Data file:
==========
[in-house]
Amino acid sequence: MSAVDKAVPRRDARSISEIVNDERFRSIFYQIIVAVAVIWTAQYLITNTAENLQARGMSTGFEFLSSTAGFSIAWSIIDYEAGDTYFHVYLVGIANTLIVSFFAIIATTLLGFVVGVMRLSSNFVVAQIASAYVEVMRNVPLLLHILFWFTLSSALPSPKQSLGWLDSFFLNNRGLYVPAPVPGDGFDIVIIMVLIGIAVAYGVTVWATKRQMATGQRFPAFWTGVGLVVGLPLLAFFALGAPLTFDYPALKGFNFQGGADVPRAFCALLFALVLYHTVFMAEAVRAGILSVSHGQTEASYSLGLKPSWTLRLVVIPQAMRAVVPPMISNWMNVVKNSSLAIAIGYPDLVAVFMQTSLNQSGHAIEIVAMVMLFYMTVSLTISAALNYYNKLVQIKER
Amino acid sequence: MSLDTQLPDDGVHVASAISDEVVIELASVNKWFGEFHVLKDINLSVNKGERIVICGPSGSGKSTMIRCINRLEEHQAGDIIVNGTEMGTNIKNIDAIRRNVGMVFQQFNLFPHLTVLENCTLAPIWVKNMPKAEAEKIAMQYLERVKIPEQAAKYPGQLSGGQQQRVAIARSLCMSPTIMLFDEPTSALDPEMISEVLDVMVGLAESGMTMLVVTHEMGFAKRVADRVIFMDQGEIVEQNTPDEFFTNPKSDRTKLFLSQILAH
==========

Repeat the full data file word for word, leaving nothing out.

[in-house]
Amino acid sequence: MSAVDKAVPRRDARSISEIVNDERFRSIFYQIIVAVAVIWTAQYLITNTAENLQARGMSTGFEFLSSTAGFSIAWSIIDYEAGDTYFHVYLVGIANTLIVSFFAIIATTLLGFVVGVMRLSSNFVVAQIASAYVEVMRNVPLLLHILFWFTLSSALPSPKQSLGWLDSFFLNNRGLYVPAPVPGDGFDIVIIMVLIGIAVAYGVTVWATKRQMATGQRFPAFWTGVGLVVGLPLLAFFALGAPLTFDYPALKGFNFQGGADVPRAFCALLFALVLYHTVFMAEAVRAGILSVSHGQTEASYSLGLKPSWTLRLVVIPQAMRAVVPPMISNWMNVVKNSSLAIAIGYPDLVAVFMQTSLNQSGHAIEIVAMVMLFYMTVSLTISAALNYYNKLVQIKER
Amino acid sequence: MSLDTQLPDDGVHVASAISDEVVIELASVNKWFGEFHVLKDINLSVNKGERIVICGPSGSGKSTMIRCINRLEEHQAGDIIVNGTEMGTNIKNIDAIRRNVGMVFQQFNLFPHLTVLENCTLAPIWVKNMPKAEAEKIAMQYLERVKIPEQAAKYPGQLSGGQQQRVAIARSLCMSPTIMLFDEPTSALDPEMISEVLDVMVGLAESGMTMLVVTHEMGFAKRVADRVIFMDQGEIVEQNTPDEFFTNPKSDRTKLFLSQILAH